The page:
Acclaimed director Frederick Wiseman has explored many different types of places in the 53 years since he directed his first documentary. He has made films about everything from hospitals to boxing gyms, and shot them in places as eclectic as New York City and the small town of Monrovia, Indiana (a film partially inspired by his visit to the IU Cinema in 2017). I have always been interested in his vast body of work, but I had never seen one of his films before watching his most recent one.
That film, City Hall, is a grand tapestry of the city of Boston that focuses on its government officials. Some viewers might be put off by its length — 4 hours and 35 minutes assembled from 104 hours of footage — but Wiseman (who also edited this movie) finds a fascinating rhythm that will leave even viewers with short attention spans riveted. This rhythm is partly due to Wiseman’s hypnotic intercutting of long sequences of government events and functions with shots of Boston locations.
Wiseman’s style of filmmaking perfectly suits his subject because it is so democratic. Mayor Marty Walsh emerges as a protagonist of sorts, but Wiseman lovingly devotes detailed time to depicting such everyday moments as people watching a Red Sox game or trash collectors doing their job. Mayor Walsh may be a key figure in many scenes, but Wiseman never lets you forget that it is only possible for a city to exist because of a large group of people.
City Hall would be a remarkable film at any time, but it works especially well as a corrective to what has been happening on the national level of the American government over the past four years. At a time of national division and corruption, Wiseman’s portrayal of government officials calmly and competently helping people by doing their jobs reminds us that there are better alternatives to the brand of politics practiced by the Trump Administration.
Even a simple scene of a lesbian couple getting married at City Hall carries political overtones due to the recent confirmation to the Supreme Court of a woman criticized by both the defendant and plaintiff of the Supreme Court case that made gay marriage legal.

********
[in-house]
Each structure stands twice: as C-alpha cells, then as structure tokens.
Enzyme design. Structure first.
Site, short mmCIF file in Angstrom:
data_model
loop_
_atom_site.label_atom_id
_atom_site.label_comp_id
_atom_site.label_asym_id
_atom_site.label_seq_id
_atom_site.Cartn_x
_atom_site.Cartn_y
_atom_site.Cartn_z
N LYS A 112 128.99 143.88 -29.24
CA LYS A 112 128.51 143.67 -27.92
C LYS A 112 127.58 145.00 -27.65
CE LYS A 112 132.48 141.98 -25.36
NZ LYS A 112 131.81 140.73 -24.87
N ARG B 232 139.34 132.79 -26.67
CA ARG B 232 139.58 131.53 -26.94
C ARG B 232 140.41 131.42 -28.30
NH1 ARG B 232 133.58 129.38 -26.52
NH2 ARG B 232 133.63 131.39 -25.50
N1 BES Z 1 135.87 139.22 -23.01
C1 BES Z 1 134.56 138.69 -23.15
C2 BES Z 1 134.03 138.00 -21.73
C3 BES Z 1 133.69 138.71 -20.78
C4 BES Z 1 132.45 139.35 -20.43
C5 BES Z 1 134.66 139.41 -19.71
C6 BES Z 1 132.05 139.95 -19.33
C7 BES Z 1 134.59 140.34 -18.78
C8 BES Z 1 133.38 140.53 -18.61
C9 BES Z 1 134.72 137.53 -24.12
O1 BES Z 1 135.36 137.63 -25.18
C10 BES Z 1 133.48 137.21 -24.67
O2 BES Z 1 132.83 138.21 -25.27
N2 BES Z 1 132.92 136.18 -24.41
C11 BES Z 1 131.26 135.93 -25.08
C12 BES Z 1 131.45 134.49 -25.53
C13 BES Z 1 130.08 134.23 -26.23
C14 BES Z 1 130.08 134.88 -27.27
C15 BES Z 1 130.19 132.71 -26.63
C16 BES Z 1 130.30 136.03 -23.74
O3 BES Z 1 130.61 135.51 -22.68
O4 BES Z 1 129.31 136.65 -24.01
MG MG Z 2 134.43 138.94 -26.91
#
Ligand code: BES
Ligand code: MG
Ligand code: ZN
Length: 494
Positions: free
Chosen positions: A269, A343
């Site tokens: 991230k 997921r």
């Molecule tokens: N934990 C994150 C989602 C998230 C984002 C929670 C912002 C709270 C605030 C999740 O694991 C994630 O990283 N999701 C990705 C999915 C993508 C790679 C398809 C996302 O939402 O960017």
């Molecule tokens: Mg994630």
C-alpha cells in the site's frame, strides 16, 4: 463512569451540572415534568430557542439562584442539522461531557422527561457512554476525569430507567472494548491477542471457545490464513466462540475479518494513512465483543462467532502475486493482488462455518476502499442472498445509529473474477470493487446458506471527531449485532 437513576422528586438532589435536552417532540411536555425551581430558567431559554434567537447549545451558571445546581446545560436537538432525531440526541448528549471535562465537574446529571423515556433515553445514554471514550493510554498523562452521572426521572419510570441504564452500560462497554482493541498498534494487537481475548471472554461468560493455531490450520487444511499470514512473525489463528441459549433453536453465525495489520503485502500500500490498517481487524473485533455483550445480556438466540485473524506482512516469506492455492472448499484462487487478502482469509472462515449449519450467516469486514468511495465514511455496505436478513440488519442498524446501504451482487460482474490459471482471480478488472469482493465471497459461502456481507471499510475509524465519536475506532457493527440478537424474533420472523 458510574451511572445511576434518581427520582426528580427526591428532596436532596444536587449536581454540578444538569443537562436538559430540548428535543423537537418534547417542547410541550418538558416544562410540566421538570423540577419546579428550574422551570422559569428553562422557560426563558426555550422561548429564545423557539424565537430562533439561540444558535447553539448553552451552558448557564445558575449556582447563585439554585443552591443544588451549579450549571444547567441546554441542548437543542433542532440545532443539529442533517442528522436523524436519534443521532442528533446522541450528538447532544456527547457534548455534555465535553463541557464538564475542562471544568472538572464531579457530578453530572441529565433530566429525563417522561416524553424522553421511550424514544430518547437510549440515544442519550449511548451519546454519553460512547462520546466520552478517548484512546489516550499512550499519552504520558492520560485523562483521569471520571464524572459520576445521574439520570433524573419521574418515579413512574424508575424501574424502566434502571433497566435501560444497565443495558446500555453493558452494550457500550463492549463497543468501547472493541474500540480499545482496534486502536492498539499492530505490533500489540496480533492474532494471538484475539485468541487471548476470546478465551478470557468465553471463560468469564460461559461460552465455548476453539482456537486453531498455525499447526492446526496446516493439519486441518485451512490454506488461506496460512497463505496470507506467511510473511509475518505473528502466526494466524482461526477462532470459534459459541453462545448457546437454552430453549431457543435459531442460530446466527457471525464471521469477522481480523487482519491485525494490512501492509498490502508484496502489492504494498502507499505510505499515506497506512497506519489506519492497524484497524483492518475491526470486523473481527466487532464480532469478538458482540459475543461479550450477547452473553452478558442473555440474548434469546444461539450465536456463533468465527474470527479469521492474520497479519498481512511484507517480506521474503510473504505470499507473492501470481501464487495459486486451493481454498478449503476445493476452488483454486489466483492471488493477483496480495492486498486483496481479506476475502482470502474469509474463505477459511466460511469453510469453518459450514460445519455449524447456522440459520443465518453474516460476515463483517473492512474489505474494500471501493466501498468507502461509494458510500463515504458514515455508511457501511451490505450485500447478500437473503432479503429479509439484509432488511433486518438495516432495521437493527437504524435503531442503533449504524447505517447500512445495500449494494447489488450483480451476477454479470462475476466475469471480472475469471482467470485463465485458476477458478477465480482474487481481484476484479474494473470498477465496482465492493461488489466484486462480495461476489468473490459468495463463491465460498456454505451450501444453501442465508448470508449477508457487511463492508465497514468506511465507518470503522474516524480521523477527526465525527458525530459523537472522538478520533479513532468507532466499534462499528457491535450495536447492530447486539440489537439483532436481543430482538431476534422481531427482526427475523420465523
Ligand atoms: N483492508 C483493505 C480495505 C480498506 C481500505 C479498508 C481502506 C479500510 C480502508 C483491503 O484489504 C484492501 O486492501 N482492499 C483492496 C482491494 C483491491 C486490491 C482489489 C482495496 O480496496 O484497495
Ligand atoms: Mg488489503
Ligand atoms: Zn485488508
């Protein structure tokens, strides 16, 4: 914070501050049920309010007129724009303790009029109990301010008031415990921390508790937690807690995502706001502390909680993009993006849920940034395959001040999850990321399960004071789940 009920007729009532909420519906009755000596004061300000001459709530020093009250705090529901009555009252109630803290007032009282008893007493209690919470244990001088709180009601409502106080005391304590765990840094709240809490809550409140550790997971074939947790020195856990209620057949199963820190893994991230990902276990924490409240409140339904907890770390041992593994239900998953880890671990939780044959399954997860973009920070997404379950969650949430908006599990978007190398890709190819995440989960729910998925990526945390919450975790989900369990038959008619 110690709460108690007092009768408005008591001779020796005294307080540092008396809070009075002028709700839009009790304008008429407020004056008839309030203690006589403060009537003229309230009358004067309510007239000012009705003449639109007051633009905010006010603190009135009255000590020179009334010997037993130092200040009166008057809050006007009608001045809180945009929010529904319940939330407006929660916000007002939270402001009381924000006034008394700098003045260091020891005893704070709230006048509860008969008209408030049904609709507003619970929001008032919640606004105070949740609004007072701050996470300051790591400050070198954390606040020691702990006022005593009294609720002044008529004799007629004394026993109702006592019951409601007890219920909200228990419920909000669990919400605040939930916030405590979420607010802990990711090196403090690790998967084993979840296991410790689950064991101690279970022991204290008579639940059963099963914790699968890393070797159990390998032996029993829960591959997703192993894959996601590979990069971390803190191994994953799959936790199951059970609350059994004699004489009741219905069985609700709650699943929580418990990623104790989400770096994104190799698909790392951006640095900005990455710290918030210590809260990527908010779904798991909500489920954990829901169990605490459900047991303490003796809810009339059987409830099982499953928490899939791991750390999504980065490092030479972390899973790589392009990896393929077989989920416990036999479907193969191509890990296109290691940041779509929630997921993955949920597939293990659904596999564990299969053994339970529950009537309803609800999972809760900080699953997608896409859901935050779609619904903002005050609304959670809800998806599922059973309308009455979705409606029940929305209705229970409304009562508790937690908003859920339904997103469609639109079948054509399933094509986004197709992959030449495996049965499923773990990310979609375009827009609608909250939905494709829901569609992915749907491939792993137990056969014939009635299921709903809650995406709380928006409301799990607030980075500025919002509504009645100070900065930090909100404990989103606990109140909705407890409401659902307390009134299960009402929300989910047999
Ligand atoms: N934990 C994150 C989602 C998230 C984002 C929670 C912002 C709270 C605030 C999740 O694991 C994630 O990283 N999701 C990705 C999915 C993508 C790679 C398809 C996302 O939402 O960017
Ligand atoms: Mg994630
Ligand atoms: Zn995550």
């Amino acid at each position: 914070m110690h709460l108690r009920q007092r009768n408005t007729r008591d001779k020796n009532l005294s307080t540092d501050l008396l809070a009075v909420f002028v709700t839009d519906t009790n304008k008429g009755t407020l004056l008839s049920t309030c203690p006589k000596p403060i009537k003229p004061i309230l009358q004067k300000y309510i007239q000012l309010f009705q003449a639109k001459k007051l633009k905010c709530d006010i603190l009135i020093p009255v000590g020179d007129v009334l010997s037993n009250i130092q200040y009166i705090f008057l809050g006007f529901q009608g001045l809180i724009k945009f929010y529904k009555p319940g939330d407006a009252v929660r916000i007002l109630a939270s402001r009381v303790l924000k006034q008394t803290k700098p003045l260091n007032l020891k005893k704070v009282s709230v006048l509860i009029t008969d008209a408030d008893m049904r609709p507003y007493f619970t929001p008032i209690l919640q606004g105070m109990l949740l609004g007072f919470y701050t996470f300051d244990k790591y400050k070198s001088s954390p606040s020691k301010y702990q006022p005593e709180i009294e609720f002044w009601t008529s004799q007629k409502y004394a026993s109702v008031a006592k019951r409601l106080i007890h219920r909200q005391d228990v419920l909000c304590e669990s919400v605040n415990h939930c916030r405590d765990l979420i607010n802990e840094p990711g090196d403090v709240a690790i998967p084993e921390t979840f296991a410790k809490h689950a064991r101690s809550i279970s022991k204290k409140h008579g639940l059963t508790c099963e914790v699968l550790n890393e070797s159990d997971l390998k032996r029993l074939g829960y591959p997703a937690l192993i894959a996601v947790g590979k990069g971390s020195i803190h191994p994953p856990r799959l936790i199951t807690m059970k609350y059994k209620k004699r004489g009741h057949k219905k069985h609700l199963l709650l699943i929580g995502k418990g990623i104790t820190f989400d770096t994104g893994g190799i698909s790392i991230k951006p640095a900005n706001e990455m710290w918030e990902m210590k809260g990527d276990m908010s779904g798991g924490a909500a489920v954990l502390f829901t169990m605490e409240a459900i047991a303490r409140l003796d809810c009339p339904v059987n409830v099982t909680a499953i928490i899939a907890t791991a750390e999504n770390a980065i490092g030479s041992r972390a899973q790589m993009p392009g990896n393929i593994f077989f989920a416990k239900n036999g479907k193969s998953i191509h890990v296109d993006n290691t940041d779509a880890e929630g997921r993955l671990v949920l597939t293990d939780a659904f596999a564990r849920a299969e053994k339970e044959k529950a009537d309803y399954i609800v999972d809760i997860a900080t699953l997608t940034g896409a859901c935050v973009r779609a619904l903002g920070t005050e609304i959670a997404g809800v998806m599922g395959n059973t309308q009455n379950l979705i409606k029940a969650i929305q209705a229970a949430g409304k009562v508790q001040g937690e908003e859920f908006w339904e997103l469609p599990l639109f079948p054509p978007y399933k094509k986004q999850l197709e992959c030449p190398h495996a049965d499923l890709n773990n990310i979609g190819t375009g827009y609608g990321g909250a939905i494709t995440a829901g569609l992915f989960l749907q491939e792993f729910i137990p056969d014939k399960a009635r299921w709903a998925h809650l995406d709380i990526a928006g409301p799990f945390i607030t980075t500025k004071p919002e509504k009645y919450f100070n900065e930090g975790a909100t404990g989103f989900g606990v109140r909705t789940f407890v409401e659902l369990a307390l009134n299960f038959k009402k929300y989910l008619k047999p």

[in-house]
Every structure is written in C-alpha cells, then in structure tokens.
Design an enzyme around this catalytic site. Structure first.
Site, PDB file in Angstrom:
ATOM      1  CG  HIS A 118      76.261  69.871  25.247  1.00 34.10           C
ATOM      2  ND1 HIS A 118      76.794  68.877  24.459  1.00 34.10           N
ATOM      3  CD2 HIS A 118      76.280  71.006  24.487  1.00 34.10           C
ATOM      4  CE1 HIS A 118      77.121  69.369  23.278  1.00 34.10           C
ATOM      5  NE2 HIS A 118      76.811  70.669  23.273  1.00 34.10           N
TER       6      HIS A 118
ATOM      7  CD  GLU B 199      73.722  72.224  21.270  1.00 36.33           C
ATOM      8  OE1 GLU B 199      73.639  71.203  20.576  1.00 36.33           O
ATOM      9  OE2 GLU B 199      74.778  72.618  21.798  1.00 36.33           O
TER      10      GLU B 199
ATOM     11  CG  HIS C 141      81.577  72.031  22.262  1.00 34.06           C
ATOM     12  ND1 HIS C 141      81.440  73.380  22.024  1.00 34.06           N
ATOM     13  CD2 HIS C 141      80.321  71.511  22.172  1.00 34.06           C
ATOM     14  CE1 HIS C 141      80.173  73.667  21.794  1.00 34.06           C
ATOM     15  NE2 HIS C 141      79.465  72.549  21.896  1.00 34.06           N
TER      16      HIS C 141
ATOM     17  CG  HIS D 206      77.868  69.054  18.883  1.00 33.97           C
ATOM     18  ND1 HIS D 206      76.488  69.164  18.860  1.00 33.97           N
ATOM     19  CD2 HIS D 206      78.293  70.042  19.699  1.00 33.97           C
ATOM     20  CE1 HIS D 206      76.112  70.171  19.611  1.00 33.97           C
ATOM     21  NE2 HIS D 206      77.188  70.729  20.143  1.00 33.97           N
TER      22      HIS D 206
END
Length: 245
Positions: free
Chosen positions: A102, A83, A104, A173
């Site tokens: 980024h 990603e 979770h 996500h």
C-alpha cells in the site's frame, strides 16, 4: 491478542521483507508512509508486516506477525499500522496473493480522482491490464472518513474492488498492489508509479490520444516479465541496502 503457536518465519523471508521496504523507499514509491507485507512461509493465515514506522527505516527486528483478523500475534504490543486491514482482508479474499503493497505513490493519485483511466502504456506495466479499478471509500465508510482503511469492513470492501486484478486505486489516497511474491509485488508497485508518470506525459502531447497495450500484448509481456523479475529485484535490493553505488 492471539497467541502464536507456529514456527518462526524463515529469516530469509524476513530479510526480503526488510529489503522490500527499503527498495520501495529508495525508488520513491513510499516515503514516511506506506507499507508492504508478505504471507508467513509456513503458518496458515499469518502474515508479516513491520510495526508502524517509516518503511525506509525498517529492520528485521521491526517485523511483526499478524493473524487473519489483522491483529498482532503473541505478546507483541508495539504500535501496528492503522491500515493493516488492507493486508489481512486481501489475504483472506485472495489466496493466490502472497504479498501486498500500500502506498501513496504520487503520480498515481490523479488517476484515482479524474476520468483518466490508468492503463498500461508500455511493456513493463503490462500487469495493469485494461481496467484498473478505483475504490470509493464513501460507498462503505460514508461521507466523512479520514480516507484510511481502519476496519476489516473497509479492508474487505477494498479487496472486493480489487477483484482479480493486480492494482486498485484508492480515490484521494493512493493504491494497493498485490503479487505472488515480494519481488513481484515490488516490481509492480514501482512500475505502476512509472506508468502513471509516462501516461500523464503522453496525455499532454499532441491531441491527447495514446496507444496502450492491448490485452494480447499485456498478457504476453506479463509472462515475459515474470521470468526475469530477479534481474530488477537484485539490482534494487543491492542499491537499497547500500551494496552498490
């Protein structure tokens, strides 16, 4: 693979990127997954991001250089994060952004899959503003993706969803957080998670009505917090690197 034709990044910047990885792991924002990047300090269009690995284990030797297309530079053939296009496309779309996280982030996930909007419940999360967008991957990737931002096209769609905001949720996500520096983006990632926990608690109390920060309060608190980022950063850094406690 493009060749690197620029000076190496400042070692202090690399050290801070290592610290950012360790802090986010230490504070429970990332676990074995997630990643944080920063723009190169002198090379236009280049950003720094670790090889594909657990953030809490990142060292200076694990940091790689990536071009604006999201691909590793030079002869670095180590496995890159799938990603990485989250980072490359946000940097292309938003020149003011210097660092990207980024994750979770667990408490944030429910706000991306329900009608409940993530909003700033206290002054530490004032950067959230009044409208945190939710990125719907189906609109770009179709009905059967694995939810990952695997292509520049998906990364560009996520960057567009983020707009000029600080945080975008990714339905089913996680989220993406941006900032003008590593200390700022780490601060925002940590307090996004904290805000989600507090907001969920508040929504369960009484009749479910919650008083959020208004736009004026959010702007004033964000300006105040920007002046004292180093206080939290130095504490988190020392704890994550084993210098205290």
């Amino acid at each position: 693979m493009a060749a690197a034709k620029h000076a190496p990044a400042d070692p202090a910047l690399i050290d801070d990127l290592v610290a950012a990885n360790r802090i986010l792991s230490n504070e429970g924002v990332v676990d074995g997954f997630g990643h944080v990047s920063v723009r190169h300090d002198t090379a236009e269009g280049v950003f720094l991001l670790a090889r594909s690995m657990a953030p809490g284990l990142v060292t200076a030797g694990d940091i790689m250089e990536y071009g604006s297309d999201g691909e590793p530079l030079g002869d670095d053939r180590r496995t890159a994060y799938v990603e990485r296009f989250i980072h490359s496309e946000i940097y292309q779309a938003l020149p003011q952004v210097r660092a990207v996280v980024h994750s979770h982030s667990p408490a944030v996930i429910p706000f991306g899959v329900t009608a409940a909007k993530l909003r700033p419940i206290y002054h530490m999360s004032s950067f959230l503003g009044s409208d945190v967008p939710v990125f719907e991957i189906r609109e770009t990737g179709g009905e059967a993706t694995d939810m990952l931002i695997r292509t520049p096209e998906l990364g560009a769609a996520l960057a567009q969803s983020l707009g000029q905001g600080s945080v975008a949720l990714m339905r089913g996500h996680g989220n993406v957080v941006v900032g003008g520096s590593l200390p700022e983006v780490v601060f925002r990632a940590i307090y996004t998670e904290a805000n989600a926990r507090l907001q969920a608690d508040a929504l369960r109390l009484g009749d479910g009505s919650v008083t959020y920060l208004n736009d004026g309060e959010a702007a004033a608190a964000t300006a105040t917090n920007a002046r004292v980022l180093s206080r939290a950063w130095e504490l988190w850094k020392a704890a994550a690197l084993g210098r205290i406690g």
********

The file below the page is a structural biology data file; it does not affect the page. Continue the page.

There are a lot of moments in City Hall that are going to stick with me for a long time. One of them comes during a community meeting that Mayor Walsh attends. As he finishes his speech, he tells his constituents that “[i]f you see me in the street, grab me and tell me what the problem is” that they are facing. It’s a sign of the humility and openness that make him such an appealing mayor, but also an articulation of the philosophy that guides the film. The government is beholden to the people; it argues and exists to serve them. But it can only work if people effectively communicate what they need. It is a brief yet beautiful description of the contract between democratic governments and their citizens. The entirety of City Hall is an argument that the contract of democracy is something for which it is worth fighting. If you watch City Hall, you’ll want to fight for it more than ever.
City Hall is currently available to stream in the IU Cinema Virtual Screening Room until December 9 as part of the International Arthouse Series. A percentage of the proceeds from this streaming engagement will directly support IU Cinema.
Director Frederick Wiseman was a previous IU Cinema guest in 2017 when he participated in our inaugural Filmmaker to Filmmaker Series event, paired with filmmaker Robert Greene.
Jesse Pasternack is a graduate of Indiana University. During his time at IU, Jesse was the co-president of the Indiana Student Cinema Guild. He also wrote about film, television, and pop culture for the Indiana Daily Student. Jesse has been a moderator at Michael Moore’s Traverse City Film Festival and is a friend of the Doug Loves Movies podcast. An aspiring professional writer-director, his own film work has appeared at Campus Movie Fest and the Anthology Film Archives in New York City.